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Incidence of Liver Damage of Uncertain Origin in HIV Patients Not Co-Infected with HCV/HBV

  • Antonio Rivero-Juárez,

    Affiliation Infectious Diseases Unit, Instituto Maimonides de Investigación Biomédica de Córdoba (IMIBIC), Hospital Universitario Reina Sofia, Cordoba, Spain

  • Angela Camacho,

    Affiliation Infectious Diseases Unit, Instituto Maimonides de Investigación Biomédica de Córdoba (IMIBIC), Hospital Universitario Reina Sofia, Cordoba, Spain

  • Nicolás Merchante,

    Affiliation Infectious Diseases Unit, Instituto de Investigación Sanitaria de Sevilla (IBIS), Hospital Universitario de Valme, Seville, Spain

  • Inés Pérez-Camacho,

    Affiliation Internal Medicine Department, Hospital de Poniente, Almeria, Spain

  • Juan Macias,

    Affiliation Infectious Diseases Unit, Instituto de Investigación Sanitaria de Sevilla (IBIS), Hospital Universitario de Valme, Seville, Spain

  • Carmen Ortiz-Garcia,

    Affiliation Clinical Analysis Unit, Instituto Maimonides de Investigación Biomédica de Córdoba (IMIBIC), Hospital Universitario Reina Sofia, Cordoba, Spain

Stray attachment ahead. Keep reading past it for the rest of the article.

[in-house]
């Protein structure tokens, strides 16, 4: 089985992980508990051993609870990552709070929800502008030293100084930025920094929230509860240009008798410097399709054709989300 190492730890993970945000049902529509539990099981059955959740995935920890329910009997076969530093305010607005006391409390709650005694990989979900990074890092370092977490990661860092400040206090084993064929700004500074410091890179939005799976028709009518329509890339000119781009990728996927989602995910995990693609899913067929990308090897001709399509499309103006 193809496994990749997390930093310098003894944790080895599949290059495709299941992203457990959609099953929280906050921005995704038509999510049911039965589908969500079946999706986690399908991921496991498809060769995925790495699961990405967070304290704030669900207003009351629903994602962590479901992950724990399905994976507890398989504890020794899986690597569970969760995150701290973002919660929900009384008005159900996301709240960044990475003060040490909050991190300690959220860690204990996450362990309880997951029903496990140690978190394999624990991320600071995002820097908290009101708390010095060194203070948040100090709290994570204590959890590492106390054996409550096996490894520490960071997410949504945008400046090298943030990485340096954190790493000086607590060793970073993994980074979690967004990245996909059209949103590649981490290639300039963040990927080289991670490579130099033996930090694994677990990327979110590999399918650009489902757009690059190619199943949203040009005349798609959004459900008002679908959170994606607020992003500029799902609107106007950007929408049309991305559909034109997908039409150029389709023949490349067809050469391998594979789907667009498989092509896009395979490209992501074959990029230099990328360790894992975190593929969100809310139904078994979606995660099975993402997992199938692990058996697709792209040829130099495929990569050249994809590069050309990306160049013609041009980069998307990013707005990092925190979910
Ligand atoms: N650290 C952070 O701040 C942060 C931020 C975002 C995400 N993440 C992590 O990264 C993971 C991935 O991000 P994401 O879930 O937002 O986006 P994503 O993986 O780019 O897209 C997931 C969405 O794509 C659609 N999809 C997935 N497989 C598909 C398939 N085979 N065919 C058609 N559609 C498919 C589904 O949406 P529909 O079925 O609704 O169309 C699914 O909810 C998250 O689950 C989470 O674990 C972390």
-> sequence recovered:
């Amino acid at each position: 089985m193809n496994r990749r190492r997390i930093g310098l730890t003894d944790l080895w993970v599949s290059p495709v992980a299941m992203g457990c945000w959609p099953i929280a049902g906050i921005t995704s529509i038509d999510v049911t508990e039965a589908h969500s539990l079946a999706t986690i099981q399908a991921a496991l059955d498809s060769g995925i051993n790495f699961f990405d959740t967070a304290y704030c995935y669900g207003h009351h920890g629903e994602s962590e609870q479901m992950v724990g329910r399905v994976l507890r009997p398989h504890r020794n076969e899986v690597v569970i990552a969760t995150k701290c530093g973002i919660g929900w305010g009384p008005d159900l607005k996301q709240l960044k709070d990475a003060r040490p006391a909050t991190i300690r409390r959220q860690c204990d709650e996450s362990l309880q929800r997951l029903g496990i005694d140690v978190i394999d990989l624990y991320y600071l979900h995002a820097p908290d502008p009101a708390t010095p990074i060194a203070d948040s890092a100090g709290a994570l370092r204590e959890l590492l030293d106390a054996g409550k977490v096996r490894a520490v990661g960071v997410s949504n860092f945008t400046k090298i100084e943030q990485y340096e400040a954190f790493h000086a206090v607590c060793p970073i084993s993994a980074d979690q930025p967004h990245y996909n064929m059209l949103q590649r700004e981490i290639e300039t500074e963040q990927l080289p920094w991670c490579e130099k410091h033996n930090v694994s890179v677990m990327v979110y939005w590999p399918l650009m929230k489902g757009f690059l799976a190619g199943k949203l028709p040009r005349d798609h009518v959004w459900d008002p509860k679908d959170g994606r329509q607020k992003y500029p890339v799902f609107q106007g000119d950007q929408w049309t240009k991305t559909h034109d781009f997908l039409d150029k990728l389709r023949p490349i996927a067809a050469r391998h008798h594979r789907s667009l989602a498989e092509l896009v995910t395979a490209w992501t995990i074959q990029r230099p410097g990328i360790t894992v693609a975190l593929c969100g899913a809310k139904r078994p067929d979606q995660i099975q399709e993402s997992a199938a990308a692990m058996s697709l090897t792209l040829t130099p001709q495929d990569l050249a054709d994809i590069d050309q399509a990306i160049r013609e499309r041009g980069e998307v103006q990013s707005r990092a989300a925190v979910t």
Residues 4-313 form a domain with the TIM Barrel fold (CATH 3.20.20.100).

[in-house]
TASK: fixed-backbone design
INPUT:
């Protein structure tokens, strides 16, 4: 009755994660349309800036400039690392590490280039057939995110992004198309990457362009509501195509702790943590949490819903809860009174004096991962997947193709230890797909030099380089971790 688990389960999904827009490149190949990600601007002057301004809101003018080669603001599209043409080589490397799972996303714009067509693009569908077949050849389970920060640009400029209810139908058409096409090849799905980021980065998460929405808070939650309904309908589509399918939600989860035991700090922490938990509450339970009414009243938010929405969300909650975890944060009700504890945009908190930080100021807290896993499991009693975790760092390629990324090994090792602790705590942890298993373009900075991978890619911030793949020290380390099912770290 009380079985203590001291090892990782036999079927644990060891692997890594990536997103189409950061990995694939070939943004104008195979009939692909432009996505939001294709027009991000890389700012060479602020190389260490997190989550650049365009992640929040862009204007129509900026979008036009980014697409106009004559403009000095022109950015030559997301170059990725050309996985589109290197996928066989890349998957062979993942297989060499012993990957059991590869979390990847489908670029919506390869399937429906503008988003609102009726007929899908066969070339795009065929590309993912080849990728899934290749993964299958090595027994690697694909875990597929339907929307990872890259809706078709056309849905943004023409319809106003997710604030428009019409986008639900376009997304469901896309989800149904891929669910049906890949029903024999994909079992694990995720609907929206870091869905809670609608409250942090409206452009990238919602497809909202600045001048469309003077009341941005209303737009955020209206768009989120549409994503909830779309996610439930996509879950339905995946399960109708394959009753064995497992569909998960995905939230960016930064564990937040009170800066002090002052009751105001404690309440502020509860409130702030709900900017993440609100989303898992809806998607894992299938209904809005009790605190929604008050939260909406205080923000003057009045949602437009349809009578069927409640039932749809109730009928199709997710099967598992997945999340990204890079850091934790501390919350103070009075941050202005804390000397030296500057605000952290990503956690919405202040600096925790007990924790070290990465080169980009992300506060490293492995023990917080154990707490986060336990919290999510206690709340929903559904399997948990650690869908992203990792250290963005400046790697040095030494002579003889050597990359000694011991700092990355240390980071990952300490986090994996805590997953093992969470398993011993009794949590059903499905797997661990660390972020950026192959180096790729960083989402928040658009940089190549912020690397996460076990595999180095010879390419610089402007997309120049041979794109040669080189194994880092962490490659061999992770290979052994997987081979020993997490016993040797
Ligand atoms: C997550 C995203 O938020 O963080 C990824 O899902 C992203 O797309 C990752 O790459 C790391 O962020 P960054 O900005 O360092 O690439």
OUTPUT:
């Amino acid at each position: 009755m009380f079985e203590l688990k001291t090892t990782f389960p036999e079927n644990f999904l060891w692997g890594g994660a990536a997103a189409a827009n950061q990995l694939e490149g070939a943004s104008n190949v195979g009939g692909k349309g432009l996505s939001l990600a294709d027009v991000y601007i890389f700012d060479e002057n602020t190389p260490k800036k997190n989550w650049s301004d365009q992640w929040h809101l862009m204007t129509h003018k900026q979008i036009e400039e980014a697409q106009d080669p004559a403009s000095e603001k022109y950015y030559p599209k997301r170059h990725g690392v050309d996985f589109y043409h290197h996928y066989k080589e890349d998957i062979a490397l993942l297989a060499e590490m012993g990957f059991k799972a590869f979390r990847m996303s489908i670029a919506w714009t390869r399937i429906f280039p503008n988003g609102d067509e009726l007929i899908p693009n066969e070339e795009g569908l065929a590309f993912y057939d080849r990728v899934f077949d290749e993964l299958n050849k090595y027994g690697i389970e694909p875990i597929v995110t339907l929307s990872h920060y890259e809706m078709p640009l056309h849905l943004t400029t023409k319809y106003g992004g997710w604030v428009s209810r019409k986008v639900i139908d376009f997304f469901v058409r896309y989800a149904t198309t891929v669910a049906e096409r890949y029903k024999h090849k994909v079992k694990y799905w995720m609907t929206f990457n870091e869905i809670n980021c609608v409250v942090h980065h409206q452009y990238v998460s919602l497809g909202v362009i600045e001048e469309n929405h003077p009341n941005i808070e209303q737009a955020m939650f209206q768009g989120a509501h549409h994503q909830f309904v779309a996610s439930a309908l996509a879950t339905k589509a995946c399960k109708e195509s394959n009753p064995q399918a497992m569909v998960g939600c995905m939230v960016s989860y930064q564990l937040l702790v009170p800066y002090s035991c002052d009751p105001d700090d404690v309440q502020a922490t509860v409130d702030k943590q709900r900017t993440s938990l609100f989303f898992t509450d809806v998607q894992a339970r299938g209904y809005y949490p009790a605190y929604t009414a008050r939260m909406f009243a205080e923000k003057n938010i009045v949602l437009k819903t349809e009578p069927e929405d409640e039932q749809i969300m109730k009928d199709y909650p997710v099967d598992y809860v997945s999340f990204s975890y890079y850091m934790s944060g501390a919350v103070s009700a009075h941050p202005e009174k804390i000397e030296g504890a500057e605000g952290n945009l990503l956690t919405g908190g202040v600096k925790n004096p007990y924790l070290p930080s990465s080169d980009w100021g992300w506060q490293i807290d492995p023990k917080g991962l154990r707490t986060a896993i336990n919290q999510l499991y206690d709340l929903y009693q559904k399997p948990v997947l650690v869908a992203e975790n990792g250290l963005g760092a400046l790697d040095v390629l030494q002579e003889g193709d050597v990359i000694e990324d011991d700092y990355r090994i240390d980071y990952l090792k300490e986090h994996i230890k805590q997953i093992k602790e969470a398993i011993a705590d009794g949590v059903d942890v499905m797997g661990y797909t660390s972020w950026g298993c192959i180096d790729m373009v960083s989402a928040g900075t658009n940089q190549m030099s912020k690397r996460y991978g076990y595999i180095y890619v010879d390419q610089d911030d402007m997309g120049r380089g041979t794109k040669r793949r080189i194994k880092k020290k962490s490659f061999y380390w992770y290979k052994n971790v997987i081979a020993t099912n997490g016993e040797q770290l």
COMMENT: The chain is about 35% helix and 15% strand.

• Celia Cifuentes,

    Affiliation Infectious Diseases Unit, Instituto de Investigación Sanitaria de Sevilla (IBIS), Hospital Universitario de Valme, Seville, Spain

  • Julián Torre-Cisneros,

    Affiliation Infectious Diseases Unit, Instituto Maimonides de Investigación Biomédica de Córdoba (IMIBIC), Hospital Universitario Reina Sofia, Cordoba, Spain

  • José Peña,

    Affiliation Immunology Unit, Instituto Maimonides de Investigación Biomédica de Córdoba (IMIBIC), Hospital Universitario Reina Sofia, Cordoba, Spain

  • Juan A. Pineda,

    Affiliation Infectious Diseases Unit, Instituto de Investigación Sanitaria de Sevilla (IBIS), Hospital Universitario de Valme, Seville, Spain

  • Antonio Rivero

    ariveror@gmail.com

    Affiliation Infectious Diseases Unit, Instituto Maimonides de Investigación Biomédica de Córdoba (IMIBIC), Hospital Universitario Reina Sofia, Cordoba, Spain

Incidence of Liver Damage of Uncertain Origin in HIV Patients Not Co-Infected with HCV/HBV

  • Antonio Rivero-Juárez, 
  • Angela Camacho, 
  • Nicolás Merchante, 
  • Inés Pérez-Camacho,